I grew up believing that the football fans from Nebraska were boorish hicks with little but their team's history of beating up on other schools to bolster their questionable self-esteem. Win or lose (and back in the olden days it was more often the latter) we at the University of Colorado would take solace in the fact that at least we didn't have to live in Lincoln - and we weren't above reminding visiting Husker fans of this fact as they left our stadium. Loudly.
Times, it would seem, have changed. Now the boorish-ness appears to have jumped the prairie and landed squarely in Boulder, Colorado. Officials ordered two sections filled with students emptied in the fourth quarter of Colorado's 30-3 loss to Nebraska on Friday after water bottles and other debris were thrown onto the field. That was pretty bad - made worse only by the fact that the game was being nationally televised. Oops.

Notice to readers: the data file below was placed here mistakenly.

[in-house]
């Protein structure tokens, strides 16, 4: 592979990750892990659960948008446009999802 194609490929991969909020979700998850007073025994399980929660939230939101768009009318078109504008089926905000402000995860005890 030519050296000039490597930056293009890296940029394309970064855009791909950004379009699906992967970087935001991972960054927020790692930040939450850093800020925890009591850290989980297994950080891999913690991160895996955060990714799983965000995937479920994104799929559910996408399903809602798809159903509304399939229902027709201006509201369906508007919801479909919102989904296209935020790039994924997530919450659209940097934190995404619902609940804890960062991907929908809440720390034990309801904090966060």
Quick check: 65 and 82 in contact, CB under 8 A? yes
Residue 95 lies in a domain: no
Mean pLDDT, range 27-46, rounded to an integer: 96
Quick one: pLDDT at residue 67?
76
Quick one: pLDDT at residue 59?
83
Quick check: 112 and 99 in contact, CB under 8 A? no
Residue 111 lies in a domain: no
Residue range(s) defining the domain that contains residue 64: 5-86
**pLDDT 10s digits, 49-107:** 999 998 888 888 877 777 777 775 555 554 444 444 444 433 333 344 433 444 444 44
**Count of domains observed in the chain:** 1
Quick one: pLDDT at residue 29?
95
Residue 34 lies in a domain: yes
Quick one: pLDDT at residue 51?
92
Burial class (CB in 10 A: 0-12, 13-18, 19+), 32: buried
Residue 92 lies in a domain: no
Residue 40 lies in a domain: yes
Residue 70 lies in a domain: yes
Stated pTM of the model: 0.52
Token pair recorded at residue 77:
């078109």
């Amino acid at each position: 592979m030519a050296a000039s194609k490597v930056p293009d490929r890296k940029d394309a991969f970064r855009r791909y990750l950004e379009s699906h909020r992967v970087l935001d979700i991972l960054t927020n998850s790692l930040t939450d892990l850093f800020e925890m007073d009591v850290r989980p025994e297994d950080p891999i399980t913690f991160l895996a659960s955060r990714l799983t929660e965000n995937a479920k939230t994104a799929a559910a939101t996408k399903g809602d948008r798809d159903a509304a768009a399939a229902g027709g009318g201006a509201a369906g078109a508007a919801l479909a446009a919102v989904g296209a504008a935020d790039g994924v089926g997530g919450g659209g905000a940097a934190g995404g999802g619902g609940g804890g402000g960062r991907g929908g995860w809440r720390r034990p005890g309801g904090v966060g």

CU coach Gary Barnett said he went over to the sections in an attempt to calm down fans, but they couldn't hear him. "The students were just frustrated with the game and the way it was going," Barnett said. "They expressed that. I don't have much else to say. I bear the responsibility for the way our team played."
Okay Gary, fair enough - but about the time you staple this together with the recent "troubles" experienced by the University of Colorado Buffaloes (they lead the conference in fostering an environment hostile to female students and using a school cell phone to set up sexual liaisons), you start to feel like maybe losing a few games and maintaining a certain moral high ground might not be so bad.
We used to mock the Cornhuskers and their fans with our notions of life beyond the gridiron. Now we are mired in the same muck that used to follow those "elite" teams. Big-Time College Football has come to Boulder. Lincoln doesn't look so bad after all.